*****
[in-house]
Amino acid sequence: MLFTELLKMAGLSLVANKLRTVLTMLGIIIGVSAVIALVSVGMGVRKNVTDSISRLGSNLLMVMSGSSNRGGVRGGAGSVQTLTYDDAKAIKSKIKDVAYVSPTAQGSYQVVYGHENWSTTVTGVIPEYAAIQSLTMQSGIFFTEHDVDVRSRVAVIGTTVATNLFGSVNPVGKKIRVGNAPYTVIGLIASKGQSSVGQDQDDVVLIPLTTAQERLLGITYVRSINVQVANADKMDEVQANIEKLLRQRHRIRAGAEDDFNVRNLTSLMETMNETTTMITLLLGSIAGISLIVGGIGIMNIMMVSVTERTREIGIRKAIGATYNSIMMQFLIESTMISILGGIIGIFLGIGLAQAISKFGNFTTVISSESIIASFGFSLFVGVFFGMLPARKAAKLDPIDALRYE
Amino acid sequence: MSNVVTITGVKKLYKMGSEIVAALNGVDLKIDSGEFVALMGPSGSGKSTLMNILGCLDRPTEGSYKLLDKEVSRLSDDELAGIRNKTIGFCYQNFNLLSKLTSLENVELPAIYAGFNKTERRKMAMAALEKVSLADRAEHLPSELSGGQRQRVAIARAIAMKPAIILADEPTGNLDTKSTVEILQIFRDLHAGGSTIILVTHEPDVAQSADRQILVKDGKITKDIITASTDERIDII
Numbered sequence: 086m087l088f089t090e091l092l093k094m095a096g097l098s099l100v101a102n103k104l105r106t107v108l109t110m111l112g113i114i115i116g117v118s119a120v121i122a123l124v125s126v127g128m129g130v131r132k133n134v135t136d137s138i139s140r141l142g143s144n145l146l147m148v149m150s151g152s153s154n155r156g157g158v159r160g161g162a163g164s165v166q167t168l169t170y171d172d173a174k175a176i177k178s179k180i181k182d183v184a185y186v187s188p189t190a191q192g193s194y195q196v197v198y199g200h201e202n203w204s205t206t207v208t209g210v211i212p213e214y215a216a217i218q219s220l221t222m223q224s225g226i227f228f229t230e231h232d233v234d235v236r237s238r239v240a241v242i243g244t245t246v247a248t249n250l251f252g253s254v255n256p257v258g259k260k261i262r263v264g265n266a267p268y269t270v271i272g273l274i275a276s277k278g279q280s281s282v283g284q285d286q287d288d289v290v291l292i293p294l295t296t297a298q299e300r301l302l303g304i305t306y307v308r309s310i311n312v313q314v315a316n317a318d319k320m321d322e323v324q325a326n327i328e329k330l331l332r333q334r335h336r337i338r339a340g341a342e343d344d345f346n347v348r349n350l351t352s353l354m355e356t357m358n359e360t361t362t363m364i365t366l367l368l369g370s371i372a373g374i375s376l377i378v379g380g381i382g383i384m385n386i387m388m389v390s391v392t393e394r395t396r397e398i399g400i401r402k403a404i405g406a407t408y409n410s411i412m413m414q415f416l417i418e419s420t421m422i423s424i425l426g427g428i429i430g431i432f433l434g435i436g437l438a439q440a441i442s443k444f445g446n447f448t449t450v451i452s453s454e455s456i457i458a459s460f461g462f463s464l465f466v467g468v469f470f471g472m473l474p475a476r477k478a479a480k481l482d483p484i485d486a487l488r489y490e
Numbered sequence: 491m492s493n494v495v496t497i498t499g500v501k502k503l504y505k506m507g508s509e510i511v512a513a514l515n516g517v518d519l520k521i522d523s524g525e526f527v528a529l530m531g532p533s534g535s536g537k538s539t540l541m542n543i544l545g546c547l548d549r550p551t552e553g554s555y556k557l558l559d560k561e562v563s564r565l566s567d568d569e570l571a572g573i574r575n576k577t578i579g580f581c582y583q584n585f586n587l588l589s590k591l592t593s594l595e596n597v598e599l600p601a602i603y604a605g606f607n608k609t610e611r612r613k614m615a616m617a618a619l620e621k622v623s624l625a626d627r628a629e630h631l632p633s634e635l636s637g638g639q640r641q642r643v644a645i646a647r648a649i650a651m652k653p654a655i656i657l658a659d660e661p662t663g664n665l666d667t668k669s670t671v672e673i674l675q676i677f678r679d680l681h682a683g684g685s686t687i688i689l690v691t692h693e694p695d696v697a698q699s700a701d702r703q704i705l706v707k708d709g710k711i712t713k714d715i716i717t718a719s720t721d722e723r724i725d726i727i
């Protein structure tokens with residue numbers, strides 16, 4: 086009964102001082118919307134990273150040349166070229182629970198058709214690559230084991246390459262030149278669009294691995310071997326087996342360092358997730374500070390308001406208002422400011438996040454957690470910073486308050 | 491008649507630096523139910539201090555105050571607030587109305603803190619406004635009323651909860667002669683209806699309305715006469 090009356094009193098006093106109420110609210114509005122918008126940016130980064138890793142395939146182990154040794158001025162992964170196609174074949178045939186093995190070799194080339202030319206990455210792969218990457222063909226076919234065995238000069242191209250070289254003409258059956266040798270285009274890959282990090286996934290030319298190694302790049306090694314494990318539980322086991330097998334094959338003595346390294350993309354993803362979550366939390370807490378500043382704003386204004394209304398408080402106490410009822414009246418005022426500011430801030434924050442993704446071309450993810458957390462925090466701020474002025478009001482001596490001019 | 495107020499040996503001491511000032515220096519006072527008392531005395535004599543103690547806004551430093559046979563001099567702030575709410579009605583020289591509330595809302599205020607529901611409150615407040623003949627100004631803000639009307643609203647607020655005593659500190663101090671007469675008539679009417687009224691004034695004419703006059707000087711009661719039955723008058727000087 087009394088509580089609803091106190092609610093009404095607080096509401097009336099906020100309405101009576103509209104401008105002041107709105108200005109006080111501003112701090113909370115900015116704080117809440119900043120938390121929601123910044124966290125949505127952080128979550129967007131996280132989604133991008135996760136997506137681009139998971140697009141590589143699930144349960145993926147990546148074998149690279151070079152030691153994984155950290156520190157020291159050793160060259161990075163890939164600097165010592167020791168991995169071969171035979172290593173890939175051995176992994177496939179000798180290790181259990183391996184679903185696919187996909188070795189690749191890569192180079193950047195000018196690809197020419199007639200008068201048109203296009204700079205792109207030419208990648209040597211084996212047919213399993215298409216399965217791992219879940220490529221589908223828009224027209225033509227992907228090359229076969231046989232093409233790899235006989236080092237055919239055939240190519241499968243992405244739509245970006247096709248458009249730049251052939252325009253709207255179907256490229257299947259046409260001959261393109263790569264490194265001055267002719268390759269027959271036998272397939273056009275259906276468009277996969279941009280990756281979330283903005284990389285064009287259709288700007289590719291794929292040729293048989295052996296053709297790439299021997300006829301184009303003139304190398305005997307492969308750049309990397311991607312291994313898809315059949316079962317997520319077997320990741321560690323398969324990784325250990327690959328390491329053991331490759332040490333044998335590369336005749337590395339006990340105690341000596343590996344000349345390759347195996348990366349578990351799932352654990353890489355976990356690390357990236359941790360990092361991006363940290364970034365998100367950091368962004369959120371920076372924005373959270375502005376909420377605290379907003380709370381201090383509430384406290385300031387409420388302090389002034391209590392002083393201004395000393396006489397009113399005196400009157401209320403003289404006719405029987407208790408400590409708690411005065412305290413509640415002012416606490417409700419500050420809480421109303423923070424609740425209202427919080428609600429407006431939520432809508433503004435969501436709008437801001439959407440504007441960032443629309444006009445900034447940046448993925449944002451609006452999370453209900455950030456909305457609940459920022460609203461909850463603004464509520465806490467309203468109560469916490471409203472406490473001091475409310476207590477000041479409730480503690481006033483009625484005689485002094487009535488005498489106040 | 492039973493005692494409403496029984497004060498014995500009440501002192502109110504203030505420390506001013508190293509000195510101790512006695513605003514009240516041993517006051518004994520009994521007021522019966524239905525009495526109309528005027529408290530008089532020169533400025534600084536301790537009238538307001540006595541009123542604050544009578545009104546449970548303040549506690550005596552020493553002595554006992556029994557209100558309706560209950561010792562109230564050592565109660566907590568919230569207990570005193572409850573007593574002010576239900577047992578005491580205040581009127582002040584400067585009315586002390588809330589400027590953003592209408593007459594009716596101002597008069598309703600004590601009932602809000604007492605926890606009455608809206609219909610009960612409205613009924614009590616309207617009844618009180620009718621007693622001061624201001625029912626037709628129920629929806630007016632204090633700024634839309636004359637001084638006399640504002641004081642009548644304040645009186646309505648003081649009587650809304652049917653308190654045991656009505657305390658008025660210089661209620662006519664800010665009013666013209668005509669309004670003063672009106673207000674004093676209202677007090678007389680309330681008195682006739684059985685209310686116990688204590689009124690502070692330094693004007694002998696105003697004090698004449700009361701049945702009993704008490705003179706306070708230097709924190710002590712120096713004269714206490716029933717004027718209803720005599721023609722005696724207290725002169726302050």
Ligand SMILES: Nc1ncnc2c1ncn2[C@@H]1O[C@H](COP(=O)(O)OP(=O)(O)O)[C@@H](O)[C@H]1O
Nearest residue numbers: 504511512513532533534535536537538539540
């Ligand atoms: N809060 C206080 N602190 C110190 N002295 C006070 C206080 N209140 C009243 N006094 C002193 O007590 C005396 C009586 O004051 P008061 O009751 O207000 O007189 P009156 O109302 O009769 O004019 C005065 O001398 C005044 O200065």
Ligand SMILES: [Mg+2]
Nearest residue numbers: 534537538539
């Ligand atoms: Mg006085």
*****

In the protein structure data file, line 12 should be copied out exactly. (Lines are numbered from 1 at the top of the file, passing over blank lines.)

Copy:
């Ligand atoms: Mg006085």